Law will help Kenyans address rising concerns over pesticides

Parliament must fast-track the passage of the Pest Control Products Bill, 2022. [iStockphoto]

The second iteration of the Pest Control Products Bill, 2022, was circulated in April for public comment. It marks an urgent update to the existing legislation, which was assented into law four decades ago, with one revision in 2012.

Between then and now, science has demonstrated the negative impact of pesticides on human health and the environment. Every year around 385 million pesticide poisonings occur worldwide.

Studies in Kenya have shown that Kenyans are exposed to pesticide residues in food exceeding maximum allowable levels. Research conducted by Kenya Organic Agriculture Network found excess levels of acephate, amongst other highly hazardous pesticides (HHPs), in tomato samples from Kirinyaga County. Acephate is an endocrine disruptor, possible carcinogenic and neurotoxicant.

Currently, we do not have sufficient data to quantify the effects on local ecosystems. In this situation, agricultural producers and consumers need to know what to expect of the proposed Pest Control Products Authority and how pesticides will be regulated.

If the proposed amendments are passed, the Authority will promote Good Agricultural Practices (GAPs). According to the FAO, GAPs are practices aimed at improving the quality, safety and sustainability of food and agricultural products while maintaining environmental, economic and social sustainability. For concerned consumers, this is a good thing.

It suggests that the default position of the Authority is to support the use of chemical pesticides as a last resort. For environmentalists, it would be a positive step away from agrochemical inputs, which significantly contribute to the toxification of the planet.

Local innovation in the development and management of pest control products is also encouraged in the Bill, which could unlock the door to locally grounded, biological pest control practices. Coupled with the powers to ban pesticides whose adverse effects cannot be mitigated or are found to pose unacceptable risks to humans and the environment, the Bill provides us with some peace of mind and promises progressive reform in pesticides management in the country.

Changing the status quo, however, will require strong leadership and increased budget from the Treasury. The Authority needs to be fully staffed and have the technical and financial resources to undertake its mandate in registration, monitoring and training.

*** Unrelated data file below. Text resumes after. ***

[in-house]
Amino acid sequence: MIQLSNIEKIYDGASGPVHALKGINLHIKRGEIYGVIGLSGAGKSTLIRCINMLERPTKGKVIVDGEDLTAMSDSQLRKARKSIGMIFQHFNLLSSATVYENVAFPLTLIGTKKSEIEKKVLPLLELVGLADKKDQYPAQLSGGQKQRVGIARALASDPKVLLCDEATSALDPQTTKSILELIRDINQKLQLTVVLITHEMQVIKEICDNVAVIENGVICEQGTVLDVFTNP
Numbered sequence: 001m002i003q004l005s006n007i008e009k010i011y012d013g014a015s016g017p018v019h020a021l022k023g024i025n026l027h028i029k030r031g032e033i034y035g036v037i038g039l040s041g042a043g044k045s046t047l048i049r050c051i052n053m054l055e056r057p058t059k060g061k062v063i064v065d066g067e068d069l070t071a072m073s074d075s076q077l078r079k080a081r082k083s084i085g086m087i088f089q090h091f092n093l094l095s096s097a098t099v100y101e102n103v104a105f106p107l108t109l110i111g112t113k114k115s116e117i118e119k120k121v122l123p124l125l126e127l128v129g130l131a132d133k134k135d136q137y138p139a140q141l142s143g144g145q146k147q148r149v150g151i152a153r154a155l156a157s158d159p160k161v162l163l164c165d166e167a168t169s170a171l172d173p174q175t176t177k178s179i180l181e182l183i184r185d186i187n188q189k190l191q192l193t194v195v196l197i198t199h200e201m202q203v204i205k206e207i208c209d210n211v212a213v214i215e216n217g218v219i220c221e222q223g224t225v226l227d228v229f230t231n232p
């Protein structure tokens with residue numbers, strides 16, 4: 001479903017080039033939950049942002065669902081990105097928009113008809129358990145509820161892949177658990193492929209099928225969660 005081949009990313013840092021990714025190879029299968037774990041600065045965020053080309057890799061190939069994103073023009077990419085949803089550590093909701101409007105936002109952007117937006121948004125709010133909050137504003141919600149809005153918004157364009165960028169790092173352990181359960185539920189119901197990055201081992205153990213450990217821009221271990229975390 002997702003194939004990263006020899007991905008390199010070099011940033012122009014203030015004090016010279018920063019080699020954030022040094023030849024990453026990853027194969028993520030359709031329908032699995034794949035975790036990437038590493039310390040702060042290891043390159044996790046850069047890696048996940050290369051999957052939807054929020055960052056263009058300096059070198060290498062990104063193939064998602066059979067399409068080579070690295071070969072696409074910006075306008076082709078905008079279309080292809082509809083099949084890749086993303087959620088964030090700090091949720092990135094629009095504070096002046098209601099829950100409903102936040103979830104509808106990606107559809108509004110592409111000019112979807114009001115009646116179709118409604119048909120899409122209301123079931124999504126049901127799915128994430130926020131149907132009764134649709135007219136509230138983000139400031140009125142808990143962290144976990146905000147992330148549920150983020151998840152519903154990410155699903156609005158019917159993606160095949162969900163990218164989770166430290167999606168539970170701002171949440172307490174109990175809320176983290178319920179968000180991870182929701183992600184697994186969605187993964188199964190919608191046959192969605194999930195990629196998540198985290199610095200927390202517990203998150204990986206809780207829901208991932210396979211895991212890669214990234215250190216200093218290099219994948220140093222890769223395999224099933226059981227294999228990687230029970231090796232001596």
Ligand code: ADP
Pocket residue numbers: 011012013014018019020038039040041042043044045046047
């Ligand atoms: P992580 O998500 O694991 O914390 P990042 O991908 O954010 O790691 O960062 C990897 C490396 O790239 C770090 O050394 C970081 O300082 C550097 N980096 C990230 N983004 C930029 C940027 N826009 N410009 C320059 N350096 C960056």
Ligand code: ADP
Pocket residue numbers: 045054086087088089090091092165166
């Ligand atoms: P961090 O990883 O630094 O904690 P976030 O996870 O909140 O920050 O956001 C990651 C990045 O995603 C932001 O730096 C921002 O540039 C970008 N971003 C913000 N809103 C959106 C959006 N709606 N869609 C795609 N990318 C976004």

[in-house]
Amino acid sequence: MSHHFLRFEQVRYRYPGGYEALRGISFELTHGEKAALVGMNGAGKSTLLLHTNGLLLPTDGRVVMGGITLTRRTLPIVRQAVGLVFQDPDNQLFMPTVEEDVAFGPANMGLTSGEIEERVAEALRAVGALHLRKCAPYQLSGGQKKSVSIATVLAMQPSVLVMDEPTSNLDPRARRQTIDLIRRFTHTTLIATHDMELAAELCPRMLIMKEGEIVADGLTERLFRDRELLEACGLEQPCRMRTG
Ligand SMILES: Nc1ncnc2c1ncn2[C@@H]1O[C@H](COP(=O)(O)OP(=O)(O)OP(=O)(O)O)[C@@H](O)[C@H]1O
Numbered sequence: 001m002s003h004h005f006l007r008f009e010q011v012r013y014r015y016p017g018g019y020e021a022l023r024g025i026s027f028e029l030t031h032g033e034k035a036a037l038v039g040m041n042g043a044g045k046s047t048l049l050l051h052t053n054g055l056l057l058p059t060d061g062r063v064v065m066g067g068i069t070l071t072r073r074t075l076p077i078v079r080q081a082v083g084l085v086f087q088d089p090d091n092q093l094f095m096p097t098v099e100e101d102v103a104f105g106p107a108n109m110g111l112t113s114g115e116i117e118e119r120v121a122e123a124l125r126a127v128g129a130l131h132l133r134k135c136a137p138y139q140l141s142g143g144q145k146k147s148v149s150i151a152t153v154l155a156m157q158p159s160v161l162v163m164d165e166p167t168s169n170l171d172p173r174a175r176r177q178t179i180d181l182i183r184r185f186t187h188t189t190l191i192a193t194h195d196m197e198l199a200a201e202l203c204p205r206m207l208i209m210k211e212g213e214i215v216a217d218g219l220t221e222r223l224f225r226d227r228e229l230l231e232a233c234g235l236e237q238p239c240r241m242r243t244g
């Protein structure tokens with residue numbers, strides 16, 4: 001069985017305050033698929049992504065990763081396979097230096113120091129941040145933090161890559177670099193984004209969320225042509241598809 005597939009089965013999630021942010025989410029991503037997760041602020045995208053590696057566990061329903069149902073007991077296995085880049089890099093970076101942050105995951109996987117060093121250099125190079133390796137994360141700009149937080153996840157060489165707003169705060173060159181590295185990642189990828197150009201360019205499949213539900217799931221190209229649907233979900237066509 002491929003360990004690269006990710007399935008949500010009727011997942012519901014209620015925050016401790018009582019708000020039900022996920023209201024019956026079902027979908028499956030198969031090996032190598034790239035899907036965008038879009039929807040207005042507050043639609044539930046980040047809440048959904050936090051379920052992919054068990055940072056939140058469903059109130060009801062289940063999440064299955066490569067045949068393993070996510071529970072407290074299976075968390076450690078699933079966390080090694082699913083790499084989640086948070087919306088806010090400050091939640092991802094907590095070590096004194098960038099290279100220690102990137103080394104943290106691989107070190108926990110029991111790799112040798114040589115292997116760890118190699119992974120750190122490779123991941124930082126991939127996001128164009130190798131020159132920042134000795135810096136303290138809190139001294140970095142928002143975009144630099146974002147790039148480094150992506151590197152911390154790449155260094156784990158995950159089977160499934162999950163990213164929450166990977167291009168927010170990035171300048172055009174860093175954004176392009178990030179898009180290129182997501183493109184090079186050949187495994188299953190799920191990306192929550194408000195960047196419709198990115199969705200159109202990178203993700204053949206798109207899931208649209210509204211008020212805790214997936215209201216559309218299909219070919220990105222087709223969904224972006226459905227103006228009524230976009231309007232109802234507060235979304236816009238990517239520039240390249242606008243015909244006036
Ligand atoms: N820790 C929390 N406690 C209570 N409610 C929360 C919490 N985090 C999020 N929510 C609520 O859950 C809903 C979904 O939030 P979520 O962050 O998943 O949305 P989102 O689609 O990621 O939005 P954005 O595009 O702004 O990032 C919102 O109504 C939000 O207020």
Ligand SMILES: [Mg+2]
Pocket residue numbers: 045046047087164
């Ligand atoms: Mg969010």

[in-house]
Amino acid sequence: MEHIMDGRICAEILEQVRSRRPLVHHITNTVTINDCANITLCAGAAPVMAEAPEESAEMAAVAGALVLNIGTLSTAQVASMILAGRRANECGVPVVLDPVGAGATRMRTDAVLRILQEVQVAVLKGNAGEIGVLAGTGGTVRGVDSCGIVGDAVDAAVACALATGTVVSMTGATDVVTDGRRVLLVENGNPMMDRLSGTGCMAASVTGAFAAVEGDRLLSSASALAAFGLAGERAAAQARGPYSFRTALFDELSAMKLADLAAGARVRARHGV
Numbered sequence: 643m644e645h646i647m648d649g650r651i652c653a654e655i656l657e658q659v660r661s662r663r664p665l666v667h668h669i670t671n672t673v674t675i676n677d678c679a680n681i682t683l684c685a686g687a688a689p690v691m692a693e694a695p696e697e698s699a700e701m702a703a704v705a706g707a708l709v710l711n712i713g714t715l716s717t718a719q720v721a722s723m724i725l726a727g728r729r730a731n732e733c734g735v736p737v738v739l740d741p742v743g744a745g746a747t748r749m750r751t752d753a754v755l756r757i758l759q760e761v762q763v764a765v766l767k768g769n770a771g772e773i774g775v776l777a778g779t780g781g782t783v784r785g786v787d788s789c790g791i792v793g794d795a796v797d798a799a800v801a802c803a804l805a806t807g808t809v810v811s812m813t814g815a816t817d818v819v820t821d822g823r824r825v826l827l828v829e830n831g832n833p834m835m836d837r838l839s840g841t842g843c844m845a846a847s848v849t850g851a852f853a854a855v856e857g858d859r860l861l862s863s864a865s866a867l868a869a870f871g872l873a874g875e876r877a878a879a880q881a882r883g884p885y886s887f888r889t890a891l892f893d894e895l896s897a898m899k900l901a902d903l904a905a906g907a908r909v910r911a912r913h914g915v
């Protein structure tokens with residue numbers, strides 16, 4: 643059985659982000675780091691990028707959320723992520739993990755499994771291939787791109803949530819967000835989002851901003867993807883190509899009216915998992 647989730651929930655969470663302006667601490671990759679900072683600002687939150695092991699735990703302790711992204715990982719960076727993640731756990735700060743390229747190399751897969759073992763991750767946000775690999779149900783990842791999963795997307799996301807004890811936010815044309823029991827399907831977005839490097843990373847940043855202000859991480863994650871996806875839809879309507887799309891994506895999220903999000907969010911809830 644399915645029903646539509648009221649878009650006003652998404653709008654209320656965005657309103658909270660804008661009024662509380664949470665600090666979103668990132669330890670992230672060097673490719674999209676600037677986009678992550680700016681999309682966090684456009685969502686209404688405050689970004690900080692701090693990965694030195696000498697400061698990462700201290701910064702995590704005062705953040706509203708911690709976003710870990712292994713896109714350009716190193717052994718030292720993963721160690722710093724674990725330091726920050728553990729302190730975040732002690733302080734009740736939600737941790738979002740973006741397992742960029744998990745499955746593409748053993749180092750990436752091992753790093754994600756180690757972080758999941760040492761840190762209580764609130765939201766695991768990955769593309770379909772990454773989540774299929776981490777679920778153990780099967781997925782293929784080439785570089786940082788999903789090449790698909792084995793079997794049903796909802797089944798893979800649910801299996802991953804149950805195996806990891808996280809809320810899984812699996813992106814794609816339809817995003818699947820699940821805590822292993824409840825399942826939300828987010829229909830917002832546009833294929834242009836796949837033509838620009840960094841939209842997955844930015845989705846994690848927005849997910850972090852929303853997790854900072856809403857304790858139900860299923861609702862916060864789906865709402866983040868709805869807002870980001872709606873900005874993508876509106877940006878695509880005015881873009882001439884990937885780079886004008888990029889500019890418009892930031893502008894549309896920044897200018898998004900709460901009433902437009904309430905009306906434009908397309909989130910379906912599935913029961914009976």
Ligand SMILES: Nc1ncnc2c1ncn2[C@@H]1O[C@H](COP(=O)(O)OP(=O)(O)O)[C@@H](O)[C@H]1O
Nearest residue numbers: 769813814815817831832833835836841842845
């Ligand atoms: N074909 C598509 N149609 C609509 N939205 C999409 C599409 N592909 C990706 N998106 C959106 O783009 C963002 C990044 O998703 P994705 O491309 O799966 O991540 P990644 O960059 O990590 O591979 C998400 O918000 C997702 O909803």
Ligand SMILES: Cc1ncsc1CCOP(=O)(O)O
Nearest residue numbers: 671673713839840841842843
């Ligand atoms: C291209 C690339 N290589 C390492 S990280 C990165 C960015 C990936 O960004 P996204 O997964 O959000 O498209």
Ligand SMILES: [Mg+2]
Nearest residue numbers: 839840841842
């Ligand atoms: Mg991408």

Concerns about the Bill have been raised by civil society organisations in terms of the transparency and objectivity of the “Technical Advisory Committee”. If the Bill is passed, the Committee would have the power to designate institutions or researchers to conduct studies on pest control products. In a context where powerful economic interests are at stake, it is critical that data collection processes – whether during the stage of registration or monitoring – are independent and include diverse scientific expertise.   

To implement a judicious pesticides regime and guard against double standards in international pesticides trade, a policy priority in Kenya should be to develop its local data collection capacity. The ‘double standards’ that exist in global pesticides trade are receiving more public attention. The term refers to products and active ingredients that are either banned or not approved in an exporting country but are nevertheless sold by agrochemical companies in other regions of the world.

In Kenya, the Bill in its current formulation does not adequately protect Kenyans against double standards. The function of the Authority will be to set Maximum Residue Levels (MRLs) “in line with” international standards. Often, a pesticide is registered elsewhere with strict instructions on use. For example, in the European Union, when banning a pesticide for environmental reasons, the European Commission always restricts them to greenhouse use. In Kenya, the operating context is different. Mitigation measures can often not be implemented.

Therefore, the government needs to conduct local research and take into consideration data from Kenya’s local situation e.g., diets, and species diversity, before registering an active ingredient or setting an MRL. If an active ingredient is banned or heavily restricted in another jurisdiction, data collection specific to the Kenyan context should be required by law.  

Parliament must fast-track the passage of the Pest Control Products Bill, 2022. Pesticides legislation in Kenya will not only provide the legal basis for urgent and comprehensive action against the negative effects of pesticides, but also provide the legal basis for mainstreaming innovative and environmentally conscious approaches to pest control, such as agroecology. Agroecology offers us the ability to grow food without chemical control methods and is a force that challenges the dominant agricultural model.

Around the world, the negative effects of pesticides on farming communities, food safety and ecological systems, is well documented. On home ground, as we bear witness to the consequences – whether knowingly or unknowingly – Kenyans should use the pest control law to hold in check what we are being exposed to and whose interests are prioritised when it comes to putting food on our table.

Ms Liebetrau is also a member of Route to Food Alliance and the Kenyan pesticides task force and can be reached at [email protected]